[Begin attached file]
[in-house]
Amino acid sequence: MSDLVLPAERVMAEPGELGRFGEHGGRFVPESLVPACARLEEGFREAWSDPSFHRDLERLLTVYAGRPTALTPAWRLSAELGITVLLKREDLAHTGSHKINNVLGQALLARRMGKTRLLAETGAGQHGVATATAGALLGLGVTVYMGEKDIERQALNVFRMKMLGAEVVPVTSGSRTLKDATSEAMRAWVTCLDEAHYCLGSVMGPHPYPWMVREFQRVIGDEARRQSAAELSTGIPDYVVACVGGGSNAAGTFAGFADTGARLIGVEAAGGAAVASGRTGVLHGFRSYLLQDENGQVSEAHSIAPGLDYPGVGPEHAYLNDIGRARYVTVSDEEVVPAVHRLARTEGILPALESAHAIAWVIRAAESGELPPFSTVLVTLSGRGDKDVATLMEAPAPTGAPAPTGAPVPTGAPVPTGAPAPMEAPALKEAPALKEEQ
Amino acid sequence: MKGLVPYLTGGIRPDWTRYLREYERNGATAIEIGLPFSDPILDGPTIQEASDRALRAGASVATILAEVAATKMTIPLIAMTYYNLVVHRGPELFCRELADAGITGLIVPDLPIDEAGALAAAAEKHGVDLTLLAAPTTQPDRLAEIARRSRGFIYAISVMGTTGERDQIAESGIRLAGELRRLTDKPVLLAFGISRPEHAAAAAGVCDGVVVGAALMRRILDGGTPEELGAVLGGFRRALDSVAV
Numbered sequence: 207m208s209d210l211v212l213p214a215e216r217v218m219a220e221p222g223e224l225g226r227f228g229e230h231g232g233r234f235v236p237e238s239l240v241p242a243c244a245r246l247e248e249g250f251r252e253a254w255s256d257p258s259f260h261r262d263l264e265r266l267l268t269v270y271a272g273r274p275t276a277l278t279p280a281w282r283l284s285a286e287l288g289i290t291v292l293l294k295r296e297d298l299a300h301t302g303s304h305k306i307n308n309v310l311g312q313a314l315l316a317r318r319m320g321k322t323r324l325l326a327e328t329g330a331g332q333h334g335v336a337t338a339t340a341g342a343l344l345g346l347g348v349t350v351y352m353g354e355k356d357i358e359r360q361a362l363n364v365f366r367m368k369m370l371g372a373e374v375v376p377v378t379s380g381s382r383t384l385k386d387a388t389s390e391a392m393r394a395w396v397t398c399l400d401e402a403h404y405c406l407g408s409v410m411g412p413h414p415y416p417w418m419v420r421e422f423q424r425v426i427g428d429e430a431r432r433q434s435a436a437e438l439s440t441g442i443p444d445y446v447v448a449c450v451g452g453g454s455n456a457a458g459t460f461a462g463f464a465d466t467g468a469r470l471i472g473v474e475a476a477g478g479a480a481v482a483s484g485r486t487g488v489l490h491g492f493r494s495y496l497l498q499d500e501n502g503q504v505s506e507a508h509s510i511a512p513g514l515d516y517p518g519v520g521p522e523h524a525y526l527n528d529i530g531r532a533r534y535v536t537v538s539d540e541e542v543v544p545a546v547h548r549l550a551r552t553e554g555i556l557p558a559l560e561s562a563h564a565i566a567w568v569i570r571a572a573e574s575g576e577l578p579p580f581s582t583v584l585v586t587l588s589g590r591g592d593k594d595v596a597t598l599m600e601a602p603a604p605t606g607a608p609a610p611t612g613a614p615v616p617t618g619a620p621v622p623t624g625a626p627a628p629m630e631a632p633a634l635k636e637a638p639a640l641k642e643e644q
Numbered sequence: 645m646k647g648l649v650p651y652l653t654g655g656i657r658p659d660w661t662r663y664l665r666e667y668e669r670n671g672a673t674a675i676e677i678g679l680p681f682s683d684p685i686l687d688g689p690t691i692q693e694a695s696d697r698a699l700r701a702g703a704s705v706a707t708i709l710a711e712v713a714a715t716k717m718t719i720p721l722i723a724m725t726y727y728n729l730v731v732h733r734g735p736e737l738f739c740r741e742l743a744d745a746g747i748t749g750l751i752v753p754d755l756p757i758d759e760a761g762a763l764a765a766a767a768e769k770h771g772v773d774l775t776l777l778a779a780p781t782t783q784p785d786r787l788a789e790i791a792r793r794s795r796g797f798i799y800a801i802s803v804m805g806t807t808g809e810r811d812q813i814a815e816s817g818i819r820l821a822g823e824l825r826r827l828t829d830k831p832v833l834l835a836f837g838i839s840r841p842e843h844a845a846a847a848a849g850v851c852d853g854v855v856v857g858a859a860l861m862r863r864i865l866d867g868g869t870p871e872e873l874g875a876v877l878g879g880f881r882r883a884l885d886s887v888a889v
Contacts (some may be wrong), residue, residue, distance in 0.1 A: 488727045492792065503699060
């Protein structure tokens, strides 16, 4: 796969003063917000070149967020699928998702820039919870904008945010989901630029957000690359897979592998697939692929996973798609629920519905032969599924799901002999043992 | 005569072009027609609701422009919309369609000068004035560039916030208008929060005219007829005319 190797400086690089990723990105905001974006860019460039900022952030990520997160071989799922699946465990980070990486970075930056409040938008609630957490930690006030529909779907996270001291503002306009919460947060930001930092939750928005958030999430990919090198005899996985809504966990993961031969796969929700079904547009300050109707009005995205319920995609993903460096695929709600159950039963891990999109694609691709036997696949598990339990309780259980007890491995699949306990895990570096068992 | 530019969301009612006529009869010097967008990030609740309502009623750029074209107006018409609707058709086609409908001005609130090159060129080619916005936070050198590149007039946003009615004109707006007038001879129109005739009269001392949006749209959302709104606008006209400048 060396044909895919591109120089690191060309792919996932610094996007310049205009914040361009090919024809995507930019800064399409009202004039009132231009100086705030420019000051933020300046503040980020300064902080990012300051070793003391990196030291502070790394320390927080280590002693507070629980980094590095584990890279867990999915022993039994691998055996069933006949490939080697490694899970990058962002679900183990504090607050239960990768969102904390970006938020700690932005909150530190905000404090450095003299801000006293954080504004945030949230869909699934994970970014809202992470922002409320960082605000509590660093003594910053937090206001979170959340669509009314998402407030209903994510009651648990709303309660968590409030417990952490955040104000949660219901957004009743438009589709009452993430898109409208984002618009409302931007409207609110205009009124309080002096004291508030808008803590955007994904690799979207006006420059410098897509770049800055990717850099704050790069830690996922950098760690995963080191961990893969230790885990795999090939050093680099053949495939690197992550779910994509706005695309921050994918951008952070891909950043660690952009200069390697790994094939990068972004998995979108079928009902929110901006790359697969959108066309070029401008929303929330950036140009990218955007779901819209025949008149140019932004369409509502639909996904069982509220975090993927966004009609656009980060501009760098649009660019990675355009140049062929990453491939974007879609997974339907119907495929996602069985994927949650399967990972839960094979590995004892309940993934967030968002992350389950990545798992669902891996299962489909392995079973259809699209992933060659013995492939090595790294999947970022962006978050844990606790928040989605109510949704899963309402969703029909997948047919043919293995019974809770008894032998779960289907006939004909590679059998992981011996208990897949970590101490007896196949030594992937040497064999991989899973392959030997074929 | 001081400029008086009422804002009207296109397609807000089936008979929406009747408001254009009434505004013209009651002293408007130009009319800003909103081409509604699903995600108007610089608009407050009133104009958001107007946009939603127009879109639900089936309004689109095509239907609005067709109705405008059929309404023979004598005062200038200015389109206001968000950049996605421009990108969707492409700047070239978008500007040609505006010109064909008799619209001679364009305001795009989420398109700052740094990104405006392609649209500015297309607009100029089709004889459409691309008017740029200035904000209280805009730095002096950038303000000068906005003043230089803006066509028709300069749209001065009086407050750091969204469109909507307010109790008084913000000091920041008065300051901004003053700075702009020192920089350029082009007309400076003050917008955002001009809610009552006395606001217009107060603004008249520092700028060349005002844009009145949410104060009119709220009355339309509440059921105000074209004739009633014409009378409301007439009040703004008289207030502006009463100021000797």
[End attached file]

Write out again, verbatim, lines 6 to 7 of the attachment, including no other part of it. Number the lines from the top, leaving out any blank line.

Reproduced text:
Contacts (some may be wrong), residue, residue, distance in 0.1 A: 488727045492792065503699060
């Protein structure tokens, strides 16, 4: 796969003063917000070149967020699928998702820039919870904008945010989901630029957000690359897979592998697939692929996973798609629920519905032969599924799901002999043992 | 005569072009027609609701422009919309369609000068004035560039916030208008929060005219007829005319 190797400086690089990723990105905001974006860019460039900022952030990520997160071989799922699946465990980070990486970075930056409040938008609630957490930690006030529909779907996270001291503002306009919460947060930001930092939750928005958030999430990919090198005899996985809504966990993961031969796969929700079904547009300050109707009005995205319920995609993903460096695929709600159950039963891990999109694609691709036997696949598990339990309780259980007890491995699949306990895990570096068992 | 530019969301009612006529009869010097967008990030609740309502009623750029074209107006018409609707058709086609409908001005609130090159060129080619916005936070050198590149007039946003009615004109707006007038001879129109005739009269001392949006749209959302709104606008006209400048 060396044909895919591109120089690191060309792919996932610094996007310049205009914040361009090919024809995507930019800064399409009202004039009132231009100086705030420019000051933020300046503040980020300064902080990012300051070793003391990196030291502070790394320390927080280590002693507070629980980094590095584990890279867990999915022993039994691998055996069933006949490939080697490694899970990058962002679900183990504090607050239960990768969102904390970006938020700690932005909150530190905000404090450095003299801000006293954080504004945030949230869909699934994970970014809202992470922002409320960082605000509590660093003594910053937090206001979170959340669509009314998402407030209903994510009651648990709303309660968590409030417990952490955040104000949660219901957004009743438009589709009452993430898109409208984002618009409302931007409207609110205009009124309080002096004291508030808008803590955007994904690799979207006006420059410098897509770049800055990717850099704050790069830690996922950098760690995963080191961990893969230790885990795999090939050093680099053949495939690197992550779910994509706005695309921050994918951008952070891909950043660690952009200069390697790994094939990068972004998995979108079928009902929110901006790359697969959108066309070029401008929303929330950036140009990218955007779901819209025949008149140019932004369409509502639909996904069982509220975090993927966004009609656009980060501009760098649009660019990675355009140049062929990453491939974007879609997974339907119907495929996602069985994927949650399967990972839960094979590995004892309940993934967030968002992350389950990545798992669902891996299962489909392995079973259809699209992933060659013995492939090595790294999947970022962006978050844990606790928040989605109510949704899963309402969703029909997948047919043919293995019974809770008894032998779960289907006939004909590679059998992981011996208990897949970590101490007896196949030594992937040497064999991989899973392959030997074929 | 001081400029008086009422804002009207296109397609807000089936008979929406009747408001254009009434505004013209009651002293408007130009009319800003909103081409509604699903995600108007610089608009407050009133104009958001107007946009939603127009879109639900089936309004689109095509239907609005067709109705405008059929309404023979004598005062200038200015389109206001968000950049996605421009990108969707492409700047070239978008500007040609505006010109064909008799619209001679364009305001795009989420398109700052740094990104405006392609649209500015297309607009100029089709004889459409691309008017740029200035904000209280805009730095002096950038303000000068906005003043230089803006066509028709300069749209001065009086407050750091969204469109909507307010109790008084913000000091920041008065300051901004003053700075702009020192920089350029082009007309400076003050917008955002001009809610009552006395606001217009107060603004008249520092700028060349005002844009009145949410104060009119709220009355339309509440059921105000074209004739009633014409009378409301007439009040703004008289207030502006009463100021000797």